The president of the National Association of Realtors on Monday said she was resigning due to a blackmail threat that sought to “compromise” her leadership role.
NAR President Tracy Kasper said she had notified the group’s leadership team “that she recently received a threat to disclose a past personal, non-financial matter unless she compromised her position at NAR.”
Kasper, a married mom of seven grown children, “refused to do so and instead reported the threat to law enforcement,” NAR said in a statement.
President-elect Kevin Sears will immediately step into the post at the group, which represents more than 1.5 million members working in the residential and commercial real estate industries.
Kasper, 55, did not immediately respond to a request for comment from CNBC.
NAR in its statement said, “The Leadership Team is deeply concerned about any attempt to undermine its governance and, as a result, is taking steps to protect the integrity of the organization.”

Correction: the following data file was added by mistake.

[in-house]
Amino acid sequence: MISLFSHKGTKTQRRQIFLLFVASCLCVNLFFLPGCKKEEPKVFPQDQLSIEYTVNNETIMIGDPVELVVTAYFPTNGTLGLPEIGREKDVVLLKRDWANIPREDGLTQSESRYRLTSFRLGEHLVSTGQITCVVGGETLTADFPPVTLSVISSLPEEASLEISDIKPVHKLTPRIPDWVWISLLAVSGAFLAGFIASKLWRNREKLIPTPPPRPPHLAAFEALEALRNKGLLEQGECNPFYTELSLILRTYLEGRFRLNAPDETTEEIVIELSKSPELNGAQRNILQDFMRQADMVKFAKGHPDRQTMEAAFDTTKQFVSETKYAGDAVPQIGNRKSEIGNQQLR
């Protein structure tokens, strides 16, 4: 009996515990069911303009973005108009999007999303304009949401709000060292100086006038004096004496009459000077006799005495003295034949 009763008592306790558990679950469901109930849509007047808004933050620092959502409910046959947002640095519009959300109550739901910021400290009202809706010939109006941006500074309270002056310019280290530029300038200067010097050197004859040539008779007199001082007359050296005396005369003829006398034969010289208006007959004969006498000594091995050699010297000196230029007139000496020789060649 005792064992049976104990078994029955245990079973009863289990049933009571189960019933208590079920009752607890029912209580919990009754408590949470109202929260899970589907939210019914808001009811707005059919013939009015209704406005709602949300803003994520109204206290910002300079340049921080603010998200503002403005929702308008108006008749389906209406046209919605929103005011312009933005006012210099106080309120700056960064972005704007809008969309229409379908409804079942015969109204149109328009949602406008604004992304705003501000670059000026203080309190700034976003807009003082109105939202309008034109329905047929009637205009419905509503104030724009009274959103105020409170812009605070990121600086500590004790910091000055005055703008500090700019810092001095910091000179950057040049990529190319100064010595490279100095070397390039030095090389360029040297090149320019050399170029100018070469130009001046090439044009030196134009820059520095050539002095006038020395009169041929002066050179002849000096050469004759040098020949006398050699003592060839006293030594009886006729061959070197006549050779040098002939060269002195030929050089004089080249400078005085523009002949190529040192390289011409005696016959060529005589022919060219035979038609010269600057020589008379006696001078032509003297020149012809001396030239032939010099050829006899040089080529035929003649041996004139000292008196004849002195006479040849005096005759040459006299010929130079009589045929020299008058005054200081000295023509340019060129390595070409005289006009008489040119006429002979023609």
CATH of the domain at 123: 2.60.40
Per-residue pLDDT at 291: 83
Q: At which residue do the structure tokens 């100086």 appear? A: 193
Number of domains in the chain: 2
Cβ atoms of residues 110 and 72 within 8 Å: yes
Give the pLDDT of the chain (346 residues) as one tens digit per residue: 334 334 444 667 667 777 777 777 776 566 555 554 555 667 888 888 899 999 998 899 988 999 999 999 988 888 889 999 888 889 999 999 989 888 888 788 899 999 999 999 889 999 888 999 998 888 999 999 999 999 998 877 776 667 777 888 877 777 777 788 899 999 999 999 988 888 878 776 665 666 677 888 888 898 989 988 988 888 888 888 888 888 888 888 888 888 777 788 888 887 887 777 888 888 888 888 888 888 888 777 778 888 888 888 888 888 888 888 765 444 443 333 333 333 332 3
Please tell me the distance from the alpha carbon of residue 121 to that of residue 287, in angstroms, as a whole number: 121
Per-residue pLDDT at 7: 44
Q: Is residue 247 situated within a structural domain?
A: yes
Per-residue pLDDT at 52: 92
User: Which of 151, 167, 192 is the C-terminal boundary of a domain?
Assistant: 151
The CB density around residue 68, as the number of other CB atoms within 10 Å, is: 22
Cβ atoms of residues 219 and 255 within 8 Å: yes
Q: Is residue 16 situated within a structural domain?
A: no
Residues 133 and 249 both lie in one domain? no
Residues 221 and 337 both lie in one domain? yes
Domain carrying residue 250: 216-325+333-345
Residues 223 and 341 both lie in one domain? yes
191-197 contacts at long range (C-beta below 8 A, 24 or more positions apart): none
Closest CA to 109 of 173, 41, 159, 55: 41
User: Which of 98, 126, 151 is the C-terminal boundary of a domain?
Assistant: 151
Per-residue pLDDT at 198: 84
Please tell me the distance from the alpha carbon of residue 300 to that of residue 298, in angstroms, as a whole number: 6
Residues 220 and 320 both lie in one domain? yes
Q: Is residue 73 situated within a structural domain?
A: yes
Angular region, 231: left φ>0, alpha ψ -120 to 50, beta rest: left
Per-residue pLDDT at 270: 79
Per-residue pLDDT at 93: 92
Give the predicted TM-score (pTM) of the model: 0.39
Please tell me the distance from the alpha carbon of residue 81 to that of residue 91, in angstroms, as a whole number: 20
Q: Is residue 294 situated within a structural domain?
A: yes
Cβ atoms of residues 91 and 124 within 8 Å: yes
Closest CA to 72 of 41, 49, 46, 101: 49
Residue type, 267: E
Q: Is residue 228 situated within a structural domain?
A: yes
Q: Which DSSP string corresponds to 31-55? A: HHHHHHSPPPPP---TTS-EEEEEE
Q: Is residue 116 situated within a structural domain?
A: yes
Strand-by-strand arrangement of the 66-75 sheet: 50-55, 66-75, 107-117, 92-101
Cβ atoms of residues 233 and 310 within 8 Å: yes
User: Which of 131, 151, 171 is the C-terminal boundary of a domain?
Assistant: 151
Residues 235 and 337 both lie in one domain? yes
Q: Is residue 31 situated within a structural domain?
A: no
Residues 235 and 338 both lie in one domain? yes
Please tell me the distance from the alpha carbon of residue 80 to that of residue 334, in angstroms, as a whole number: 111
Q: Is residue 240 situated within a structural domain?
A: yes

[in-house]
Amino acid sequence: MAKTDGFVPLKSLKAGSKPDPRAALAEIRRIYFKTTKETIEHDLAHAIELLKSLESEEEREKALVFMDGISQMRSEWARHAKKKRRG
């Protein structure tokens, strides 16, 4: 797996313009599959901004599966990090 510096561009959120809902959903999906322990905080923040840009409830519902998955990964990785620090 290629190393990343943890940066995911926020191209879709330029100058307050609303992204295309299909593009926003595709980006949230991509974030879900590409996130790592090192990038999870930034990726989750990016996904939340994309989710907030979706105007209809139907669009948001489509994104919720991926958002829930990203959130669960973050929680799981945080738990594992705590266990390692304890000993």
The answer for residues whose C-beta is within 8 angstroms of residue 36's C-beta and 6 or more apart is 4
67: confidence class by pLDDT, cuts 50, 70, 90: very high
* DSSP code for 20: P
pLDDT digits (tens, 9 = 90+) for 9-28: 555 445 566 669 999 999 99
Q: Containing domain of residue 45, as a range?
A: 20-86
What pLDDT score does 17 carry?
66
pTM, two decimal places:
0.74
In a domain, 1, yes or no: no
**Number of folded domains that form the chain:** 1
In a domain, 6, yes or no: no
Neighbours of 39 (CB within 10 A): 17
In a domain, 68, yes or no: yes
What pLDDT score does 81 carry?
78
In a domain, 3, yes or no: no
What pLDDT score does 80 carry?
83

Kasper’s predecessor as president, Kenny Parcell, resigned in August, two days after The New York Times published a story detailing claims he had sexually harassed women he worked with.
NAR CEO Bob Goldberg resigned in November, months earlier than planned, after a federal jury found the group and some residential real estate brokers were liable for a conspiracy to artificially inflate brokers’ commissions from home sales. NAR was ordered to pay $1.78 billion in that case.
In a statement Monday, Kasper said, “As president and a long-time member of NAR, I always have put the interests of NAR first.”
“As a result of the recent threat and given the significance of this moment for myself, my family and the organization, it is again time for me to put the interests of NAR first,” said Kasper, who had a prior stint as president of the group in 2016.
NAR declined to comment beyond its statement.
Kasper is the broker-owner of Berkshire Hathaway HomeServices Silverhawk Realty in Boise Valley, Iowa, and the majority owner of two other real estate companies in the state, according to her NAR bio.
A grandmother of six, she has served on NAR’s board since 2016.
— Additional reporting by CNBC’s Diana Olick.
This is breaking news. Please check back for updates.
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